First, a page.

Rules for sharing information on traffic offences committed by drivers of foreign vehicles will apply to all EU countries from 2017. The extension of the existing rules to include the United Kingdom, Ireland and Denmark is the main change brought about by the new cross-border enforcement directive adopted by Transport ministers last month.
The vote followed a preliminary deal reached with the European Parliament in December and a parliament plenary vote on 11 February. Member states must incorporate it into their national laws by 6 May 2015.
The United Kingdom, Ireland and Denmark will have two more years to adopt their national provisions (until 6 May 2017), as they had opted out of an earlier version of the law and requested more time to prepare.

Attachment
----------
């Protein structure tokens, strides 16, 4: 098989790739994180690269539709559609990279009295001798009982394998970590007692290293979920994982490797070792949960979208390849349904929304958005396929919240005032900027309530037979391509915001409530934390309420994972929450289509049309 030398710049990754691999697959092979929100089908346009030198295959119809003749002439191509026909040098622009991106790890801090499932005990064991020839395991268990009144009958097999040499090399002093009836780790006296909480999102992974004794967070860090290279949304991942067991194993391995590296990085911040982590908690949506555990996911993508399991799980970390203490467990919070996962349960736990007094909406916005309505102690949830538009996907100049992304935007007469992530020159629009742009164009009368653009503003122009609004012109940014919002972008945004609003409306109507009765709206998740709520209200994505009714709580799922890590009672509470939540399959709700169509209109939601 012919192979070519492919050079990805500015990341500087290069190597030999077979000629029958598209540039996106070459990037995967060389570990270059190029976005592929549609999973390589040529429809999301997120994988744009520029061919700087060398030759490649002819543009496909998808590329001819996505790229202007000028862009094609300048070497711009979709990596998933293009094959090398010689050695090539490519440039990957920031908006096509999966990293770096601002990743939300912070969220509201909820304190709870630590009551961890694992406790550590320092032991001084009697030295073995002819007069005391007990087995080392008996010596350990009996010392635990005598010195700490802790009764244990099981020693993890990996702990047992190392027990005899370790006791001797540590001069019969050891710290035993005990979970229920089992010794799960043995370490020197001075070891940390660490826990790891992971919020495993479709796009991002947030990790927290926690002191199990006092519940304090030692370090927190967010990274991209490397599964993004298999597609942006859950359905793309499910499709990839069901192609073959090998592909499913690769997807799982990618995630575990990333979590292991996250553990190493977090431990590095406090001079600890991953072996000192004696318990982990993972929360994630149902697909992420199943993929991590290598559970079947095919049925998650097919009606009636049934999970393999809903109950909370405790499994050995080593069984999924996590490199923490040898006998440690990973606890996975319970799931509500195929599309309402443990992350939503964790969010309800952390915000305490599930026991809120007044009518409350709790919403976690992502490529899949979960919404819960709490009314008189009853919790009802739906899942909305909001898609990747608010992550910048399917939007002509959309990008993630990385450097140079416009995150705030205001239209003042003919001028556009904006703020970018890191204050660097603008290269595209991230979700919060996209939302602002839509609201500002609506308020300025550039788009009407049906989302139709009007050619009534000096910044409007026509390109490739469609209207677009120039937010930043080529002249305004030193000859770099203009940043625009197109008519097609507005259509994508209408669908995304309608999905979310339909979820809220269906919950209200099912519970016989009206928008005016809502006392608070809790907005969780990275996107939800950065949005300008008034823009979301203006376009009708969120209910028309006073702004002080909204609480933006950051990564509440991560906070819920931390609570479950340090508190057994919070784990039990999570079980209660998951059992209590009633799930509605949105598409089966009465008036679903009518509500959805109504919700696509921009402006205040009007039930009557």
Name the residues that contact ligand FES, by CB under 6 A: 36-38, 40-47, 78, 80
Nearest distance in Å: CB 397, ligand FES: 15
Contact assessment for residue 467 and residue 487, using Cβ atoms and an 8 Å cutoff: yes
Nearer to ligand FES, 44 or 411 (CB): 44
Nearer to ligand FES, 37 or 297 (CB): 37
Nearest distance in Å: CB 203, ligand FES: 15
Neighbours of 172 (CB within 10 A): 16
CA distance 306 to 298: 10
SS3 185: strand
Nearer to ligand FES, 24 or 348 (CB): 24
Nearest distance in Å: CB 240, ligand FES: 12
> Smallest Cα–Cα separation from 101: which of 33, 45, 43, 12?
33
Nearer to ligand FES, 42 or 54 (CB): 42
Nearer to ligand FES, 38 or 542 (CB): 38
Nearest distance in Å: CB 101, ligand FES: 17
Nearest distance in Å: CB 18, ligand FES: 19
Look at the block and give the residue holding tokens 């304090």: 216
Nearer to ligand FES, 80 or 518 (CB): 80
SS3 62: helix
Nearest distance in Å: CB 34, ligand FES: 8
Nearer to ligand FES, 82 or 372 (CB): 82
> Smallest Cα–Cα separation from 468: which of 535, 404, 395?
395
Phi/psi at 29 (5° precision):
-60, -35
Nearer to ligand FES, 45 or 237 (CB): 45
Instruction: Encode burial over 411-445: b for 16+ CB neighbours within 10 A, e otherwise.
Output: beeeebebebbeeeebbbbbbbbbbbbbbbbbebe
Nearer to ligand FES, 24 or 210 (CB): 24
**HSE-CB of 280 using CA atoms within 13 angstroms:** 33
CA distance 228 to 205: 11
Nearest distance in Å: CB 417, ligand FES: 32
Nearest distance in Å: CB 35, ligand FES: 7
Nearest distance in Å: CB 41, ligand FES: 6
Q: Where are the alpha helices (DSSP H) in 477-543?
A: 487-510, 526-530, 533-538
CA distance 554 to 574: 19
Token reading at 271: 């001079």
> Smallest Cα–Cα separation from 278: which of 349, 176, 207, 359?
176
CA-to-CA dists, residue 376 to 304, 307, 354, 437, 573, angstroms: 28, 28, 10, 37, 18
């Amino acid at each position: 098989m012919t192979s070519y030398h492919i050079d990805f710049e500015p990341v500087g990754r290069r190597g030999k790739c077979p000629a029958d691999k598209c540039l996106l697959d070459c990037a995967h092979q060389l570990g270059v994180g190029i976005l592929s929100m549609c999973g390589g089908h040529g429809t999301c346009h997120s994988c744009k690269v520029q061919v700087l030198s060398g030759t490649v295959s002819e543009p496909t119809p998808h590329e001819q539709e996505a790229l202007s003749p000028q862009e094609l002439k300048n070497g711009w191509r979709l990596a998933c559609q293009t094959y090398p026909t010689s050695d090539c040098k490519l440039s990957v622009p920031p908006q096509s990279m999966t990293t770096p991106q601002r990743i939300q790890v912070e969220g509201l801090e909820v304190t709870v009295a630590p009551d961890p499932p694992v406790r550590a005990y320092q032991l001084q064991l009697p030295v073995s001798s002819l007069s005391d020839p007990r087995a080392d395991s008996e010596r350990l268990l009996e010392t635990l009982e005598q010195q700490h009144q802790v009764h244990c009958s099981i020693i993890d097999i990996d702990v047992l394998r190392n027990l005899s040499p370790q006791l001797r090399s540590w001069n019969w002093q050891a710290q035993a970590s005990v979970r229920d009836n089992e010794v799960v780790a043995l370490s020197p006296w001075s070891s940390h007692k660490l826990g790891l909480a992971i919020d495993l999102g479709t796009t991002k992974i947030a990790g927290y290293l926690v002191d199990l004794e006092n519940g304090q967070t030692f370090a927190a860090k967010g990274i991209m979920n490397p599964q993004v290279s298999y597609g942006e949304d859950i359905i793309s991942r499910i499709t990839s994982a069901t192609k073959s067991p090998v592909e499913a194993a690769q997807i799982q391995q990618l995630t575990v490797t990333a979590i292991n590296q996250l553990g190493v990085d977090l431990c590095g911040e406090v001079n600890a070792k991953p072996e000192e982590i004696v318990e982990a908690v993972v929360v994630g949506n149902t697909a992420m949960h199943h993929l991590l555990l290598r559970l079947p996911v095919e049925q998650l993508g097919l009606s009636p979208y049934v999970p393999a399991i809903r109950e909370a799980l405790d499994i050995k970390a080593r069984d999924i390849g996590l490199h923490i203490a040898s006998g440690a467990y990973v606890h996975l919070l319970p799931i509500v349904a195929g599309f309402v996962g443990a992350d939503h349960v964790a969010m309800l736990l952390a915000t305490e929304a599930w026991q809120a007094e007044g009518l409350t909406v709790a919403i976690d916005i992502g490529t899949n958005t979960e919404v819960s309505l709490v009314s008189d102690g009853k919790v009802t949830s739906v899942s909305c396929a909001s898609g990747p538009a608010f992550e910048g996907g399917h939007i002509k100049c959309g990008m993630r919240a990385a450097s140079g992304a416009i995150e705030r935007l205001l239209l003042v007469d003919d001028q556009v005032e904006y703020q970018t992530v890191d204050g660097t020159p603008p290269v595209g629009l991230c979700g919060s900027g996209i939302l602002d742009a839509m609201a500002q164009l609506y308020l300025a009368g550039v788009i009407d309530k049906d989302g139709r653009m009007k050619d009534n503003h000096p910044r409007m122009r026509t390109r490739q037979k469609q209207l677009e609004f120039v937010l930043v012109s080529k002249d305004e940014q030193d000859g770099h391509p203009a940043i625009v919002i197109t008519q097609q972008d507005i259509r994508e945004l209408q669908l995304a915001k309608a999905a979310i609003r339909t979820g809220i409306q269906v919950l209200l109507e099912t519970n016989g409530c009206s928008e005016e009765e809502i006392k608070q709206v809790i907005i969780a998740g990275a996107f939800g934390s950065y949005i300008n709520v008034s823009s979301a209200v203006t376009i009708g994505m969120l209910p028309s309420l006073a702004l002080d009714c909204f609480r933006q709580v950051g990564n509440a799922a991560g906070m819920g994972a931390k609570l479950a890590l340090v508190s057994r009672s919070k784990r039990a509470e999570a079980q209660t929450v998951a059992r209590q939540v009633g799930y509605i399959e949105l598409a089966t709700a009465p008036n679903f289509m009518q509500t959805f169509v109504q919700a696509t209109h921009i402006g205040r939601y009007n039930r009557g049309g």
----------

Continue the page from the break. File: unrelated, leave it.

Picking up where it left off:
The Commission will assess the effectiveness of the directive by November 2016. At that stage it may propose changes to it.
- Half a million speeding tickets a year are issued to speeding British motorists in France, but have so far been unpaid, according to figures reported in Le Parisien. Following the deal on the new cross-border enforcement directive this situation will end in 2017 when the UK starts to apply the rules on exchange of information. See report (in French)